But the most startling thing was the woman’s expression. As Lucy listened to Olive’s voice and stared as Mary Maveryck struggled to lift the massive plastic bags onto the table in front of Olive’s blank, disapproving face, she had a calculating sort of look – well, James thought it to be a calculating look. It was a look that he sometimes associated with the looks of young children at his infants’ school when they were in the process of working out sums. So it seemed that Lucy was gazing at the five women’s table with a look of intense concentration, as though she was trying to remember something that had happened to her a very long time ago.
James eyes swivelled back towards his mother and her friends when he realised that Lucy’s motions weren’t going to be changing any time soon, from the looks of things. Hetty, Edith and Doris were watching blankly as Mary held the large, square book that Olive was currently poring over.
“Oh, I was sweet, wasn’t I?” Olive cried rapturously, and James instantly became aware that she was looking at one of their childhood photograph albums.
“Hmmm, I suppose we were,” said Mary unconvincingly.
“Oh, and look at this one!” Olive squealed, turning the page none-too-carefully and jabbing her finger at another picture. “Look, Mary, look! Hetty, Edith, Doris, look at this! This was taken just after we were evacuated!”
“Oh! I remember that!” Mary yelped – James was surprised by her sudden enthusiasm. “Isn’t that the photograph that Mr and Mrs. Baxter took of all of us whilst we were in the countryside? When we’d just arrived?”
“Yes!” Olive cried. “Oh, don’t I look lovely? All that blonde hair! I suppose you looked OK, Mary. Ugh, look at Fred; it’s like his clothes were full of cotton wool, he was so fat. And Augustus and Adolphus just standing there, looking blank. What was the matter with them? It’s a shame they couldn’t take another photograph…Oh, and there are Albert and Priscilla, looking like they owned the place…they should have at least smiled for the camera!”
James frowned. He had been exploring all the photograph albums in the Whingings’ house since he was less than two years old, but he wasn’t sure he remembered any photographs of his mother and their fellow evacuees – which included Olive and Mary, Frederick and his two brothers Augustus and Adolphus, and two rich aristocratic children named Albert and Priscilla from the Rowlings family – in the countryside after they had just arrived. But then, if the album had been buried in Mary Maveryck’s house it probably hadn’t seen the light of day in many years. Mary’s house was the most cluttered place that James had ever seen, thanks to Mary’s hoarding obsession.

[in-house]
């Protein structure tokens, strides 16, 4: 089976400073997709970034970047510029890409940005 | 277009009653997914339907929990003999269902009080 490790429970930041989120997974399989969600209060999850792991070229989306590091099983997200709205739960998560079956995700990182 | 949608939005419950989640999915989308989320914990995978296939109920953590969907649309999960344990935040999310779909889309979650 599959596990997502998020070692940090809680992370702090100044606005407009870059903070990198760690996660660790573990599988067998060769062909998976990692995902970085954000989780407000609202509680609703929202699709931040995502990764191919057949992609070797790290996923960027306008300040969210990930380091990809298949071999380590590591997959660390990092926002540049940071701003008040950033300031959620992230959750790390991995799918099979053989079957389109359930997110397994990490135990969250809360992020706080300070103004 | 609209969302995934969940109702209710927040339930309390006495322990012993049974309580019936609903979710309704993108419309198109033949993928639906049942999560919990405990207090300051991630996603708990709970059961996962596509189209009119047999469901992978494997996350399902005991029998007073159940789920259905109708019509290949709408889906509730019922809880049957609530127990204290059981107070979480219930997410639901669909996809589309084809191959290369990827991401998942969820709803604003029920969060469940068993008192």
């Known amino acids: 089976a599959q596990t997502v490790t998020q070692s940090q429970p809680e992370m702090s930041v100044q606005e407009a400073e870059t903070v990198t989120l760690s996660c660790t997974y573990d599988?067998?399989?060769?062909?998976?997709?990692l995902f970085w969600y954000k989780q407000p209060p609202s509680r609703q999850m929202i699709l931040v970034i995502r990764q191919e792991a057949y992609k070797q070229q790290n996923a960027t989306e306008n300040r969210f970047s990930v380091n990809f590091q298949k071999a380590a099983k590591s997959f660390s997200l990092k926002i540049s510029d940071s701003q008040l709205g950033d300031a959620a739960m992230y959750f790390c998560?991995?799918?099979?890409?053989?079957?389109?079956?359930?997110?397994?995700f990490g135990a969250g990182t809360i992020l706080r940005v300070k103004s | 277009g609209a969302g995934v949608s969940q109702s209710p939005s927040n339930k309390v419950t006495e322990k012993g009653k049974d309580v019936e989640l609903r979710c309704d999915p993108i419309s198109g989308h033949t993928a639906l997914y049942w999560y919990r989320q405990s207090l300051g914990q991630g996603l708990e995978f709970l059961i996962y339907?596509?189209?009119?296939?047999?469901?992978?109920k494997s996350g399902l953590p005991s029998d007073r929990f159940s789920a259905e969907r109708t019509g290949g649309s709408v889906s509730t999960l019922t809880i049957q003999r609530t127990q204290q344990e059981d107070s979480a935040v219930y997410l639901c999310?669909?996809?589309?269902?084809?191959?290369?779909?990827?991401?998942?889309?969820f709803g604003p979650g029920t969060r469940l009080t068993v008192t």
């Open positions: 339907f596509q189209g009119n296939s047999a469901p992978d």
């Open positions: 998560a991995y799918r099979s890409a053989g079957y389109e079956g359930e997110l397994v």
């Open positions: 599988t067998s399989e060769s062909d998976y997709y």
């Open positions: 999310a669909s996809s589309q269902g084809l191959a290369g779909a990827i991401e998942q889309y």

Checking on the current state of the mysterious Lucy, James saw that she was leaning forwards even more and was doing her utmost best to catch every word that the five women were saying. He was desperate to know why this woman was so interested. James liked to listen to interesting conversations himself, but he wasn’t sure that this particular conversation was fascinating enough to merit such an extreme and desperate reaction in someone. Surely there must be a story to this; something that James could only guess at.
Meanwhile, Olive had apparently completed her inspection of the photograph album. “Mary, where’s the map?” Olive snapped at her best friend.
James was surprised. Map? What map? Both Olive and Mary were useless with maps. They had never been able to interpret any of the squiggly little lines whenever they went on car journeys. Olive in particular generally dismissed maps as ridiculous, confusing things anyway. He tried to imagine a situation in which his mother would actively and amiably accept such a thing as a map into her life.
But the object that Mary Maveryck took carefully out of another plastic bag was not what James had been expecting. From a distance, it looked like a large, bendy square with strange scribblings all over it. But when James looked at it a little most closely, he saw that it appeared to be four board game boards stuck together carefully with sellotape. He couldn’t see what had been drawn colourfully all over the boards, but he was intrigued all the same. As, apparently, was Lucy.
Mary placed the ‘map’ on top of the table, where Hetty, Edith and Doris began to stare at it in awe. Olive, however, remained sat with her back against the backrest of the chair, studying the board closely – James could tell by the way her eyes flickered over the board that she was trying very hard to find something to complain about. And sure enough, in the next few seconds Olive began to complain about the tape used to stick the boards together not being a very nice colour.
But nothing was being said about the nature of the map’s purpose yet. James was so curious about what this was about – none of his mother’s previous schemes had apparently been important enough to warrant such an invention on the part of Mary Maveryck – that he was almost tempted to get up and leave the pub, still with the hood tightly over his face, so that he might catch a glimpse as he went out. But James knew that this wasn’t an option; he would risk his mother and her friends seeing his face and realising his true identity, and, moreover, James would hear no more of the conversation.
Speaking of the conversation, however, the subject of it was currently just as vapid and uninteresting as Olive’s complaints about the colour of the tape – Mary had just loudly poured several of what looked like snapped chair legs onto table, and now the women were all fussing over and admiring them. Well, Olive was obviously complaining, but James became impatient as he waited to hear what exactly was going on. Looking over towards the face of Lucy, he could see that she appeared to have roughly the same feeling.
“Mary, where’s you-know-who’s?” said Olive eventually, and James could have sighed. Raymond, obviously.
Lucy looked stunned, watching intently as Mary handed a blue object to Olive, and she seemed to be craning her neck to try and get a better look. Then she strained to look towards Herbert, who was still wiping at the glass with the grimy rag. James guessed that he was trying to stall having to talk to another human being for as long as possible. Herbert wouldn’t have any interest in the fact that Lucy currently seemed to be in need of serious emotional support.